Antiques and architectural elements from Spain, Portugal, France and Italy; reproduction furniture and decorative accessories from across southern Europe; Spanish colonial reproductions and accent pieces from Peru
Mediterrania carries antiques and architectural elements from Spain, Portugal, France and Italy; reproduction furniture and decorative accessories from across southern Europe; Spanish colonial reproductions and accent pieces from Peru; and beautifully made and surprisingly affordable custom furniture from both Spain and Peru. We source antique furniture, accessories and reproductions in southern Europe in exactly the same manner as do our Spanish, Portuguese, French and Italian counterparts. For that reason, at Mediterrania you have the opportunity to purchase authentic period pieces at price points similar to those of reproduction furniture. Since Mediterrania is the only U.S. antiques dealer that maintains its own restoration and cabinetry shop in Spain, virtually no other company in America has such a direct conduit to southern Europe as we do.
Operating as usual
"Conversations with Marc"
Mediterrania Founder and Owner Marc Gallante is widely traveled and as, over the span of decades, had some interesting conversations with locals over the years. You'll see some of his informal chats here on the Mediterrania FB page.
Here's one from a while back:
“TAXI RIDES WITH JESUS”
Much in the vein of the great Carlos Castaneda's, "Further Conversations with Don Juan", I'm thinking seriously of writing a book titled, "Taxi Rides with Jesus", chronicling the somewhat surrealistic conversations that I've enjoyed over the past 5 years with Jesus Quintana, a full-blooded Quechua Indian who acts as my driver when I'm down in Peru. Perhaps not coincidentally, Jesus is a native of a department in the Andes that is close to Carlos Castaneda's birthplace of Cajamarca, Peru.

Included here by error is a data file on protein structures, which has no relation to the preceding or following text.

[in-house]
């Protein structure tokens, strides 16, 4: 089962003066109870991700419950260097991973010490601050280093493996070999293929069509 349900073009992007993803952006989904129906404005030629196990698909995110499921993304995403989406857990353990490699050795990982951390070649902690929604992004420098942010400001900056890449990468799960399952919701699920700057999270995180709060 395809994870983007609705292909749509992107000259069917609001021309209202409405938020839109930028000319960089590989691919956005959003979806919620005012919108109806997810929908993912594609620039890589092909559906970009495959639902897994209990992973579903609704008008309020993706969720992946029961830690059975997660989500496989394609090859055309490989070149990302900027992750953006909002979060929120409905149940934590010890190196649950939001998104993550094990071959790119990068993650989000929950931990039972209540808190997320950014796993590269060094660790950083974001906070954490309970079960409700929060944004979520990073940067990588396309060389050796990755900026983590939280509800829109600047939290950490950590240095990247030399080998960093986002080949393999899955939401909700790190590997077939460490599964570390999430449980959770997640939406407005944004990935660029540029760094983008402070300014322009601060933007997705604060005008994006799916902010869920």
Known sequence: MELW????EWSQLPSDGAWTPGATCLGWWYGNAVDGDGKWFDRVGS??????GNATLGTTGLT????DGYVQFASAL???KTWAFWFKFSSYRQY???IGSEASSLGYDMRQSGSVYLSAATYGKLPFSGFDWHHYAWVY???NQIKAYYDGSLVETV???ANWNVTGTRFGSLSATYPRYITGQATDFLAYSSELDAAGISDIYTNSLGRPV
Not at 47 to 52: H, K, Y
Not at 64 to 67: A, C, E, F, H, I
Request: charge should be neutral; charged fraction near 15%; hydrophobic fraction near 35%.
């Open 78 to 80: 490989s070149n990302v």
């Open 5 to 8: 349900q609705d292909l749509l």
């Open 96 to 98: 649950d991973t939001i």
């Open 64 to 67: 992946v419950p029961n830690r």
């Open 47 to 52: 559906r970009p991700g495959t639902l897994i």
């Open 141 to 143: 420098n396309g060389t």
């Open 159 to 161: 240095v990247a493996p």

During a recent trip to Lima, Jesus and I had the following exchange one night around 9:00 PM while we drove from the factory in Pachacamac back to my hotel in his 15 year old Subaru cab - a smoke-belching, dented, pock-marked monster with sprung Naugahyde seats that is literally bound together with baling wire and shiny silver duct tape:
Jesus: "Sr. Marc, may I ask you a very complicated and delicate question"?
Me: "Of course, Jesus. What is it?"
J: "In what part of Africa is Czechoslovakia located"?
Me: "Actually the country is now known as the Czech Republic, and its located in Eastern Europe, not in Africa".
J: "I don't mean to offend you, Sr. Marc, but that is not possible".
Me: "And why is that, Jesus"?
J: "Because my grandfather is a famous and well respected shaman among our people, and he himself told me that Czechoslovakia is located in Africa".
Me: "Forgive me Jesus, it is certainly not my intention to insult your grandfather or his wealth of knowledge, but I assure you that the country that used to be known as Czechoslovakia is located just north of Austria in Eastern Europe. In fact, I was in the capital city of Prague over a dozen times between 1985 and 1987. Has your grandfather traveled much outside Peru"?
J: "No, I don't believe he has ever left the Andean plateau, Sr. Marc. My grandfather says that he thinks much more clearly with less oxygen and therefore he prefers to live above 12,000 feet".
Me: "Your grandfather could make himself a fortune by giving seminars in logic to a lot of political hacks I know who live at sea level".
J: "Sr. Marc, pardon me, I don't wish to change the subject but I'm still not convinced by what you've said. Is it possible that they could have moved Czechoslovakia to Africa without your knowledge"?
Me: "I don't think so, Jesus. Why do you ask"?
J: "Well, clearly, any country that can change its name whenever it feels like it could secretly move itself to another continent".
Me: "Good point, Jesus. I hadn't thought of that"...
Do you know the difference?
“SPANISH” VERSUS “SPANISH COLONIAL”
Due to the proximity of Mexico to the United States, the common history that we have shared with our neighbor to the south, and the great influx of immigrants from Mexico into the U.S., the phrase “Spanish antiques” immediately signifies “Mexican” or “Spanish colonial” to the vast majority of the American buying public.
When used in reference to antique furniture, paintings or objets d’art, the term “Spanish colonial” refers specifically to those items crafted in the colonies established by the Spaniards in Mexico, Central America, South America, parts of the Caribbean, the Philippines and what today is the Southwest of the United States, following the arrival of the “conquistadores” to the New World in the 16th century.